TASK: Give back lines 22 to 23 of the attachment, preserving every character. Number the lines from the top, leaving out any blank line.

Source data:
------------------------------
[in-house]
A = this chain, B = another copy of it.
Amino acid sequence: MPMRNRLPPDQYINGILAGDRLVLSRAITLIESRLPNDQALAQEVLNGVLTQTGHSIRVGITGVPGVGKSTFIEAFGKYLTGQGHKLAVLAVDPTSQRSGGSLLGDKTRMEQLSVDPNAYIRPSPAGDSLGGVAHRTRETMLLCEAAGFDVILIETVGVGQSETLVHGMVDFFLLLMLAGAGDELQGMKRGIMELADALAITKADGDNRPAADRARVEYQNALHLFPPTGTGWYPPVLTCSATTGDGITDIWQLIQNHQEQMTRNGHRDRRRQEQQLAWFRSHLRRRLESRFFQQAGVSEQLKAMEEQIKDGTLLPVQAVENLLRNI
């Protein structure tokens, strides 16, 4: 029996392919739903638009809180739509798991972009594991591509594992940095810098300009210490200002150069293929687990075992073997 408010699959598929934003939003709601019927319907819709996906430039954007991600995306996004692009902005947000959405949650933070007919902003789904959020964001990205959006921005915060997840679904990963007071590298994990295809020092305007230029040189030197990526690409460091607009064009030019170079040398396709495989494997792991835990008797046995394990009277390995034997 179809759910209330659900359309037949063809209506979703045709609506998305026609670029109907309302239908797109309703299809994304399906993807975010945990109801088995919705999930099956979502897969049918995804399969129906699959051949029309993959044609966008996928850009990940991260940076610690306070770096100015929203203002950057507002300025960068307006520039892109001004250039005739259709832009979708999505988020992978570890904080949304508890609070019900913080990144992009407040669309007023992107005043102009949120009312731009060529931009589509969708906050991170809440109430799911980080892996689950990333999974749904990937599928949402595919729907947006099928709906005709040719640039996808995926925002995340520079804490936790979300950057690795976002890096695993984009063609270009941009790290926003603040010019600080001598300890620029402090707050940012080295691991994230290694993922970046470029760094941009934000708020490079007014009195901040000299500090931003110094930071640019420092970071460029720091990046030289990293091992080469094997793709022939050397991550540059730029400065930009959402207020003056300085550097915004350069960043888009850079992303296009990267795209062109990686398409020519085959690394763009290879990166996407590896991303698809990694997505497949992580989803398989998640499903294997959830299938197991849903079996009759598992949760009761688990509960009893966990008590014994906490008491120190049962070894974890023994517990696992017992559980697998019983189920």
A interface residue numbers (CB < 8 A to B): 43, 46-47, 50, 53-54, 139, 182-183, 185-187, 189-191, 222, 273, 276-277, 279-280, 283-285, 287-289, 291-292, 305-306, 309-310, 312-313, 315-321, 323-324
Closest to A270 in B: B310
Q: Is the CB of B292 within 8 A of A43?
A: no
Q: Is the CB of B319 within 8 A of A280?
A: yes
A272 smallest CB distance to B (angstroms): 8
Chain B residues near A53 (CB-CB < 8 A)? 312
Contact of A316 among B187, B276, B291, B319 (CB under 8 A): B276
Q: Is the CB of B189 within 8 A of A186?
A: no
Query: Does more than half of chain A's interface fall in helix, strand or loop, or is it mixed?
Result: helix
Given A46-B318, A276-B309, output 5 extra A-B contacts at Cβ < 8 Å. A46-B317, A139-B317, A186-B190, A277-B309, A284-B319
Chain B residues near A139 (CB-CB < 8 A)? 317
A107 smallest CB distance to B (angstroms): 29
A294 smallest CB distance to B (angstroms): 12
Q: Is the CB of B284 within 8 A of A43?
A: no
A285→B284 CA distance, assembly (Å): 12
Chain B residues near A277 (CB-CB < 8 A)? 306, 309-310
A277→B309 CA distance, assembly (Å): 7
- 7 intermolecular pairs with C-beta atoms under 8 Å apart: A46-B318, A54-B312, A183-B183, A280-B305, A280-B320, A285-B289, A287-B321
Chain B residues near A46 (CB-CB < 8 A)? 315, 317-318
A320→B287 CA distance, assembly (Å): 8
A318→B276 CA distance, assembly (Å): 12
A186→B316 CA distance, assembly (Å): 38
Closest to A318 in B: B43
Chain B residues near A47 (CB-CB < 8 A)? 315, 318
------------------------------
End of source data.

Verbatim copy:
Q: Is the CB of B284 within 8 A of A43?
A: no